Al-Ahram Weekly Online   8 - 14 October 2009
Issue No. 967
Economy
 
Published in Cairo by AL-AHRAM established in 1875

Omar Effendi bows to the times

Don't be surprised if you go to Omar Effendi and find Metro or Carrefour, Sahar El-Bahr reports

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Omar Effendi is an icon that Egyptians believe should be preserved

Omar Effendi, the Egyptian retail giant that dominated the market in the 1960s and 1970s, is renting its floors to other retailers and hypermarkets.

Visitors to Omar Effendi's branch located in Makram Ebeid Street in Nasr City found that about 700 metres of the ground floor, out of a total store space of 6,000 metres, have been rented to Metro supermarket. Further steps to rent space in all Omar Effendi branches nationwide will follow.

Hossam El-Mestikawi, Omar Effendi's deputy managing director, said that among the companies that are in the process of renting floors are Carrefour, Metro and Kheir Zaman. He emphasised that only spaces or floors will be rented, not whole branches.

El-Mestikawi added that negotiations are being conducted with other companies, restaurants and cafés. "Carrefour and other companies will only sell products that are not sold in Omar Effendi. This strategy aims at providing a comprehensive and complete service to our customers," El-Mestikawi noted.

According to Sherif Sabri, head of Omar Effendi's financial and administrative sector, Carrefour is set to rent spaces in most of Omar Effendi branches by the end of the current month. He stressed that the purpose of the new strategy is to strengthen the competitive capacity of Omar Effendi through providing comprehensive services.

"We are now negotiating with a number of the biggest retail companies and restaurants. Our target is to provide consumers with convenient mini shopping centres or mini malls nearby their homes, where they can find all they need. We make use of the huge space of the branches, which vary from 4,000 to 100,000 square metres," explained Sabri. He added that the renting strategy is part of the company's three-year development plan.

Asked about the fact that Omar Effendi has lost LE82 million in the past nine months, whereas its total losses last year were estimated at LE54.9 million, Sabri replied: "This is normal because of the financial crisis and the expenses of renovating and developing our branches. We renovated almost 70 branches. And we display better quality products." He added: "Because Omar Effendi's branches have greatly developed, we could successfully negotiate the rental of space. We are looking forward to making profit by June 2011."

Ever since it was announced that Omar Effendi had been sold in February 2006 to a Saudi investor for around LE600 million, controversy over the privatisation deal has been ongoing. The renting deal has triggered renewed criticism in the Egyptian media.

Sabri stressed that the renting of space inside Omar Effendi's branches is legal, contrary to what has been claimed by some public sector officials. "Even before the privatisation of Omar Effendi there was a supermarket in the Murad Street branch in Giza. And many of the branches, including that of Abdel-Aziz Street, which is an antiquity, were wholly rented."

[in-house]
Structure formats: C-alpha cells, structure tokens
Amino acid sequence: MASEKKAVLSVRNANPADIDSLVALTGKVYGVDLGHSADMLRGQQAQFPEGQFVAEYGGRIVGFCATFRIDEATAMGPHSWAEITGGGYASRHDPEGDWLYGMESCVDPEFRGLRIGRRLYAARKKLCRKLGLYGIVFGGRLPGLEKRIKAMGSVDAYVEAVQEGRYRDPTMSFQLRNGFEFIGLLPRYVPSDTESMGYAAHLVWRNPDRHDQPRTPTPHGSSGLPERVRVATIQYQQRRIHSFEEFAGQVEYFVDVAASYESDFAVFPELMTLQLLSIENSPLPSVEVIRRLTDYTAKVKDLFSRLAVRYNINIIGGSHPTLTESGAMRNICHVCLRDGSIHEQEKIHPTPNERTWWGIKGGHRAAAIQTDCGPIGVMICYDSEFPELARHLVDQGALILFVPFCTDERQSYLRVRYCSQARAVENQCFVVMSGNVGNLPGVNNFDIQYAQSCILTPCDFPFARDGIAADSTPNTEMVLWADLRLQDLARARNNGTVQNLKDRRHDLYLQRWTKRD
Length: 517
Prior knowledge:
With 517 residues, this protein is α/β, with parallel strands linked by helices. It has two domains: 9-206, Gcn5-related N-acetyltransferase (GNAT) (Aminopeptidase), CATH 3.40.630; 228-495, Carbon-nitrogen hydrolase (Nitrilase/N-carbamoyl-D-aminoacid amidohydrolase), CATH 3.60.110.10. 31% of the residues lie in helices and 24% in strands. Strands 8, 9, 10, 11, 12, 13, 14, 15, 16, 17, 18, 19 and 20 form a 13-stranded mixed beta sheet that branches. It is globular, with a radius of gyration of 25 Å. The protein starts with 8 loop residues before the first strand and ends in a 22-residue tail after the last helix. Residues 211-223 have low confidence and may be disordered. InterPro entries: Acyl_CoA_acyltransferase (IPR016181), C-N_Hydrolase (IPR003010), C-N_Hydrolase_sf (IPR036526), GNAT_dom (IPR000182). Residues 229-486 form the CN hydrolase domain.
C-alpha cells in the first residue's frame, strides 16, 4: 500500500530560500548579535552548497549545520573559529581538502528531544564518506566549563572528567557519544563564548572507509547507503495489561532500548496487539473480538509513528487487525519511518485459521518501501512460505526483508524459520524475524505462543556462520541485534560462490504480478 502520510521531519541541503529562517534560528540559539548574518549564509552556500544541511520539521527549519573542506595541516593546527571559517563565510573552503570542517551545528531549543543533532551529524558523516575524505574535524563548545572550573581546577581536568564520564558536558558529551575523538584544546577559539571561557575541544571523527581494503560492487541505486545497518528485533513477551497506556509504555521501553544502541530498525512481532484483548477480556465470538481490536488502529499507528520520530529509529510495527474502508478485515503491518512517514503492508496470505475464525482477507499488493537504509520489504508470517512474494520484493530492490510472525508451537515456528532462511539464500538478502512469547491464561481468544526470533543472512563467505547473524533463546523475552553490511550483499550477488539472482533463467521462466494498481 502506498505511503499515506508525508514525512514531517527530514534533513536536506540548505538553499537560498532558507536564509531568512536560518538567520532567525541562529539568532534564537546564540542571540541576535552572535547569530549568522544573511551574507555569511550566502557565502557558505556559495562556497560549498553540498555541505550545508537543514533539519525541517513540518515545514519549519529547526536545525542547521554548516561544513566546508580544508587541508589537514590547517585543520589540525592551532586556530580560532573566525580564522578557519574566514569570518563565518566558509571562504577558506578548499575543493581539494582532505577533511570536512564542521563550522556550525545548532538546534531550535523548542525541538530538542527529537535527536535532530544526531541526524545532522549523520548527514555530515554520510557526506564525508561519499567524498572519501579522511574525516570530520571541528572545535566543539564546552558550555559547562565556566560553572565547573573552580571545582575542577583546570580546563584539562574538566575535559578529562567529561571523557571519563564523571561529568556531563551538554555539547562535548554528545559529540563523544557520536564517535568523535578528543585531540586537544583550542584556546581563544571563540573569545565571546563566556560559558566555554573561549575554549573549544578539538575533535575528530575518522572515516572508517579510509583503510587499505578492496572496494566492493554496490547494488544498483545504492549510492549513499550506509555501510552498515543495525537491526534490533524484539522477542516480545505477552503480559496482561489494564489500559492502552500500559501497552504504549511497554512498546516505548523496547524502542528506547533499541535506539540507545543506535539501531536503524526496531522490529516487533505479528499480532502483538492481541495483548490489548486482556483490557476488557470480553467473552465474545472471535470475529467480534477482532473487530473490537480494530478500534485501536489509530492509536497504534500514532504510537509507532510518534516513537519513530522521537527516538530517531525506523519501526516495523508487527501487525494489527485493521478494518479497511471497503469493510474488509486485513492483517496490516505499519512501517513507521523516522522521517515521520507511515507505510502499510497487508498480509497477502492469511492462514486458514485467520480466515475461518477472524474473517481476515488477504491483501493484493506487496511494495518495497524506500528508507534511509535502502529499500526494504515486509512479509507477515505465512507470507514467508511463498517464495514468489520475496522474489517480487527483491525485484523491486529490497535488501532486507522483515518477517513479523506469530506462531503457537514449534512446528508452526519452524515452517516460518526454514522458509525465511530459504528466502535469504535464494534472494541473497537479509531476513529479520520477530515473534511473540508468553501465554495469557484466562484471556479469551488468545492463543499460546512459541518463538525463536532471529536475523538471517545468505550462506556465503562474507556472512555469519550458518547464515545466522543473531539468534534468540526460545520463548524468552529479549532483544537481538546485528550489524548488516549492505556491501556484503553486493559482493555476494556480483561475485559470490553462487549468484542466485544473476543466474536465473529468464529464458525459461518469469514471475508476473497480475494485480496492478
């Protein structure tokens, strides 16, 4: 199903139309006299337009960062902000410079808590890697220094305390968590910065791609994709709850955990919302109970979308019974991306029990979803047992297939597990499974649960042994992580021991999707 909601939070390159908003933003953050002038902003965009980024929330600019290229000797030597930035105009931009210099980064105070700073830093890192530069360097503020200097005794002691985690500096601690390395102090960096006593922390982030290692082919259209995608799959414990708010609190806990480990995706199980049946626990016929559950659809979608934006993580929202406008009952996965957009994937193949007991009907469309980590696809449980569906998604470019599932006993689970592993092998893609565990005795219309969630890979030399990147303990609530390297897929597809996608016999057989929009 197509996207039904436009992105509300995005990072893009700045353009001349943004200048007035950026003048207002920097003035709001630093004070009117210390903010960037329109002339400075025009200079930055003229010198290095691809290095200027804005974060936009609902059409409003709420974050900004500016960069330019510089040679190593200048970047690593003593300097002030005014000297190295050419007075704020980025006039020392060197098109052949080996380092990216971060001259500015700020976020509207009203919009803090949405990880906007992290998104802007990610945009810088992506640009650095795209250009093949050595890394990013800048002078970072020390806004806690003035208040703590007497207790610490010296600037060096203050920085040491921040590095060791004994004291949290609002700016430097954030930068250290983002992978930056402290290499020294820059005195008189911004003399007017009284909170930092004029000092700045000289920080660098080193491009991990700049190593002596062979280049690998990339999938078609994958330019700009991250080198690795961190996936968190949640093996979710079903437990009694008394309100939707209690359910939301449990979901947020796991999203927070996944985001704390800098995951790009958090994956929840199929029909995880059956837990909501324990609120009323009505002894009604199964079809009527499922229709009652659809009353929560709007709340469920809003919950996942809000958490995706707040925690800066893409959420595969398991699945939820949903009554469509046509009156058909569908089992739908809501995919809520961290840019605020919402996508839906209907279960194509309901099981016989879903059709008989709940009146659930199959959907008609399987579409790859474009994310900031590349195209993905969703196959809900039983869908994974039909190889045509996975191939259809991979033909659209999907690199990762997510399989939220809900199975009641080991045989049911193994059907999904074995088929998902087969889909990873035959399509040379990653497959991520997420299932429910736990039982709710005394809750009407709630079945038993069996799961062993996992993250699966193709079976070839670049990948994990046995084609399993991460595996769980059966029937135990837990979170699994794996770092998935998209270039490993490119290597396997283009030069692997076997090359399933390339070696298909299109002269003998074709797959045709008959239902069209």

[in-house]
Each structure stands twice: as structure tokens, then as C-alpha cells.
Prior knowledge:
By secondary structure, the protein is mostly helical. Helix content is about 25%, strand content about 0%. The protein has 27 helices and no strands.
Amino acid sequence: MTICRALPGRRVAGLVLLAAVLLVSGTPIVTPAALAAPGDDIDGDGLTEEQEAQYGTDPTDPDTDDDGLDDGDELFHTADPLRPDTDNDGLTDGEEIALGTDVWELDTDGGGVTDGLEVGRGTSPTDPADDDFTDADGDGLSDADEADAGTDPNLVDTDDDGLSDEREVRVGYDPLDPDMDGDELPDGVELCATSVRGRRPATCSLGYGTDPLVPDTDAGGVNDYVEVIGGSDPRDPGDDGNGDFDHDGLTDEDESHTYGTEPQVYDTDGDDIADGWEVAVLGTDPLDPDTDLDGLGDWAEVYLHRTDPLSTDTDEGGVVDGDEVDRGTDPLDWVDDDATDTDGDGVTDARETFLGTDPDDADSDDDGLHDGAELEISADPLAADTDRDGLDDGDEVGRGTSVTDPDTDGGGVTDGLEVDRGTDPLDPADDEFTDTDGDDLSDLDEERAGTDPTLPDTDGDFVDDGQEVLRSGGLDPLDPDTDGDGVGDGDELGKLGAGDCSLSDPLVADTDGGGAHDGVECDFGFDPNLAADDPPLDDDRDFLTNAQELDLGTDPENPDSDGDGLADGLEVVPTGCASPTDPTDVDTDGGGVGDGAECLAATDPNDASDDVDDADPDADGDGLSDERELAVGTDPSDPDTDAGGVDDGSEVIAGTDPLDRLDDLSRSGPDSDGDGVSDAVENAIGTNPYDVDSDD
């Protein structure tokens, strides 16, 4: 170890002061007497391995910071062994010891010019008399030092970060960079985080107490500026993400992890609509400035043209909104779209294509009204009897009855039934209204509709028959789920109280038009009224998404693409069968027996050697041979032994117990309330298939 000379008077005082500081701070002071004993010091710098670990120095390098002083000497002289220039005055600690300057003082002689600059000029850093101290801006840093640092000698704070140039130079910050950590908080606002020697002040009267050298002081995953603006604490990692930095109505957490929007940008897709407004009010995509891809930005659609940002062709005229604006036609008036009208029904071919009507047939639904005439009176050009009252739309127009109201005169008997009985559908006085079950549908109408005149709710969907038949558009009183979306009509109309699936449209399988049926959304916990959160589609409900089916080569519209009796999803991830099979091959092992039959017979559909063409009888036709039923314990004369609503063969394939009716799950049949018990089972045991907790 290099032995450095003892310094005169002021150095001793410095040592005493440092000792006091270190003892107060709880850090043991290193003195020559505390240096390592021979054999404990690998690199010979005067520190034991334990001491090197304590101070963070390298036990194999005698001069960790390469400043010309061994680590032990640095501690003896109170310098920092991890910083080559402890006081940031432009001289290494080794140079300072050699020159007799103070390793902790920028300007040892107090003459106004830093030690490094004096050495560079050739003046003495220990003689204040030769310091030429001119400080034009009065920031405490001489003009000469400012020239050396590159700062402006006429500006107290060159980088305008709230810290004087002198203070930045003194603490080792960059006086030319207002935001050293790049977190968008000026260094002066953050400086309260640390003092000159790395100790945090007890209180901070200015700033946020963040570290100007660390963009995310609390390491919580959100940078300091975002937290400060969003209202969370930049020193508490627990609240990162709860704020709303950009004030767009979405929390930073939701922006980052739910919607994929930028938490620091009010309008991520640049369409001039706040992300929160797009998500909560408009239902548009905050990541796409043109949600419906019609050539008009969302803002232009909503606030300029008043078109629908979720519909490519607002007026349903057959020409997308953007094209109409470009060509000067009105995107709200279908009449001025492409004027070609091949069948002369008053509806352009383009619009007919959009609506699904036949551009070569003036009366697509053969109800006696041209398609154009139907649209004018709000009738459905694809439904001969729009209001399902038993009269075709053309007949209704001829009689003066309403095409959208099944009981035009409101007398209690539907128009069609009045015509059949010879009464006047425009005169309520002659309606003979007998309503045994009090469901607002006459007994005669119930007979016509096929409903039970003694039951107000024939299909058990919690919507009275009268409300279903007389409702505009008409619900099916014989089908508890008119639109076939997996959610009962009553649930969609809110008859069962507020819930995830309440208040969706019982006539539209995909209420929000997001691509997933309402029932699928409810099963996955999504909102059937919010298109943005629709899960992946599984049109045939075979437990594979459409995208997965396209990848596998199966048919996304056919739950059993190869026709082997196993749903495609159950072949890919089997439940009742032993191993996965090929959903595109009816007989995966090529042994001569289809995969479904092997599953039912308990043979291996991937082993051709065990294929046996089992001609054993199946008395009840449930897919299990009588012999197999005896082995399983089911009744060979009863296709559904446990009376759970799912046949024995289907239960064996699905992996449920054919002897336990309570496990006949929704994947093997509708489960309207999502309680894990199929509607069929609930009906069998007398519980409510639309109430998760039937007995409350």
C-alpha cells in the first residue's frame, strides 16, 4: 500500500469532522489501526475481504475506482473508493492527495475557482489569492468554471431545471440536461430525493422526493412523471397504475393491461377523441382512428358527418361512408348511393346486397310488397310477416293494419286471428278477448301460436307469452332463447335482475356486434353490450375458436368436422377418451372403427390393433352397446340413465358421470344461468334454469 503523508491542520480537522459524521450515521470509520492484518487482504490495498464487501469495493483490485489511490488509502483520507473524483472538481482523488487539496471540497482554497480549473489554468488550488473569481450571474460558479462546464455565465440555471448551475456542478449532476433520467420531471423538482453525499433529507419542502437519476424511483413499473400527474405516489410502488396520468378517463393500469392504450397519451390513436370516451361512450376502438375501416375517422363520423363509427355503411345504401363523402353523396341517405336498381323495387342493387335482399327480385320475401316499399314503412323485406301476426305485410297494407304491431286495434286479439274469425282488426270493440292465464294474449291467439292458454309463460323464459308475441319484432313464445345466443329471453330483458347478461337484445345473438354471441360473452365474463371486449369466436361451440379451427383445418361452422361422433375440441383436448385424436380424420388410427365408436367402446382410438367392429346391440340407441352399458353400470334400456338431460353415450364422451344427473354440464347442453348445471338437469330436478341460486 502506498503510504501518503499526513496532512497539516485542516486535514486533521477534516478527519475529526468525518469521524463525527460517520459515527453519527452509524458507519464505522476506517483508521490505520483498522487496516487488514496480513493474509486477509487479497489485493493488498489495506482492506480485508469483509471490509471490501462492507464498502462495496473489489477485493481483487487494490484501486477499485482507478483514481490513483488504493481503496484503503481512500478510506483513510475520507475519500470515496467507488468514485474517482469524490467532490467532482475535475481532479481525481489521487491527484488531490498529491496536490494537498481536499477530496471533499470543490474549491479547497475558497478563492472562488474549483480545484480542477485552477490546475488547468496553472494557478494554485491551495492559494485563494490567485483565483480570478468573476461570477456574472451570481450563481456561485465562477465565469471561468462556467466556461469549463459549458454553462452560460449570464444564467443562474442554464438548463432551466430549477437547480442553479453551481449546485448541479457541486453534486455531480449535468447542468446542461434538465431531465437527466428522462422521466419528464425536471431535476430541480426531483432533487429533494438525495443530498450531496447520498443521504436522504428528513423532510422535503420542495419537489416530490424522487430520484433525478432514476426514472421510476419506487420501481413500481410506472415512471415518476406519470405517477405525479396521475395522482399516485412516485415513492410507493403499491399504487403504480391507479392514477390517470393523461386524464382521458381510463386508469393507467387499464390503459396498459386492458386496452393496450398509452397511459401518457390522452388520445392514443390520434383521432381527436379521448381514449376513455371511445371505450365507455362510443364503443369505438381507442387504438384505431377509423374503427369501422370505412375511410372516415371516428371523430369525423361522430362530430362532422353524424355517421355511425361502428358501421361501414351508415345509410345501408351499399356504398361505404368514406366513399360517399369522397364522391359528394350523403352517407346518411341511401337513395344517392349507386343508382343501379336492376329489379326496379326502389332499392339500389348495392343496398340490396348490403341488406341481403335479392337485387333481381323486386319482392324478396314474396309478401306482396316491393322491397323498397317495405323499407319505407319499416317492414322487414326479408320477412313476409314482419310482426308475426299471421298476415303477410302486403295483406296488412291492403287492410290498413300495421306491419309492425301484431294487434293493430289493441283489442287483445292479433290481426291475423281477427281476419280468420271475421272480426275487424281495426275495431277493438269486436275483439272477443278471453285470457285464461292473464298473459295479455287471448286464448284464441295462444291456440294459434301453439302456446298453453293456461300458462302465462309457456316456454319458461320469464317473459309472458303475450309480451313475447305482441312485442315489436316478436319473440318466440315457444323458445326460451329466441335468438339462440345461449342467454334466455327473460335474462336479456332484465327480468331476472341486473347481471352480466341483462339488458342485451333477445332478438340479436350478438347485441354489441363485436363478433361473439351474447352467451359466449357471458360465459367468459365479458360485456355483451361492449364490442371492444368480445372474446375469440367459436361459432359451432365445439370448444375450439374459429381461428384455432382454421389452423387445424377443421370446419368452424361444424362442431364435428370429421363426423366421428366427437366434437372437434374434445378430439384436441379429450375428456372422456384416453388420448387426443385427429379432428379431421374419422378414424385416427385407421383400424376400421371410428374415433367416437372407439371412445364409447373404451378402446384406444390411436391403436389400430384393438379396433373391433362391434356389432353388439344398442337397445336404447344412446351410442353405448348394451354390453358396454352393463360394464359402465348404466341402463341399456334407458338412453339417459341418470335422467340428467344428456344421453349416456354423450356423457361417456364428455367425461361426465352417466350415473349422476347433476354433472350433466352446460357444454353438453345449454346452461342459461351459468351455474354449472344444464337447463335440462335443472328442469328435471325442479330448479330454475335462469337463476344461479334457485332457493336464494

He further stressed that workers in Omar Effendi will not be harmed by the new renting deals: "on the contrary, the companies will hire tens in new labour."

Ahmed El-Sayed, head of the Holding Company for Construction, the former legal owner of Omar Effendi, refused to comment on any issue concerning the company. El-Sayed said that he is not authorised to comment because of the pending lawsuit being looked into by the Cairo Centre for Judging (CCJ), which will give its final decision concerning the dispute between the Holding Company for Construction, which owns 10 per cent of Omar Effendi, and Anwal, the Saudi company that owns 90 per cent.

Currently, the CCJ, an international arbitration centre specialised in commercial arbitration, is examining a law case filed by Anwal in March 2008 over an "outstanding account" of LE60 million, or 10 per cent of the value of purchasing. "The account is in the National Bank of Egypt," said Sabri. "According to the contract, the account should be released only with the acceptance of both partners. And Anwal has been demanding its right to the outstanding account," said Sabri.

Omar Effendi is likely to remain a controversial issue for the coming years. For Egyptians, the company is not just a series of retail departments: it is an icon that should be preserved.

The first store was established in 1856 by the name of Orosdi. It stood in the same historic six-floor building on Abdel-Aziz Street in downtown Cairo where the Omar Effendi branch remains today. Orosdi was a Hungarian businessman and established other similar stores in Baghdad, Beirut and Istanbul.

In 1900, Orosdi had established almost 60 branches nationwide. In 1920, the branches were sold to a Jewish businessman who changed the name of the stores from Orosdi to Omar Effendi. At the time these were the first retail megastores of their kind in the Middle East. In 1957, Omar Effendi stores were nationalised.

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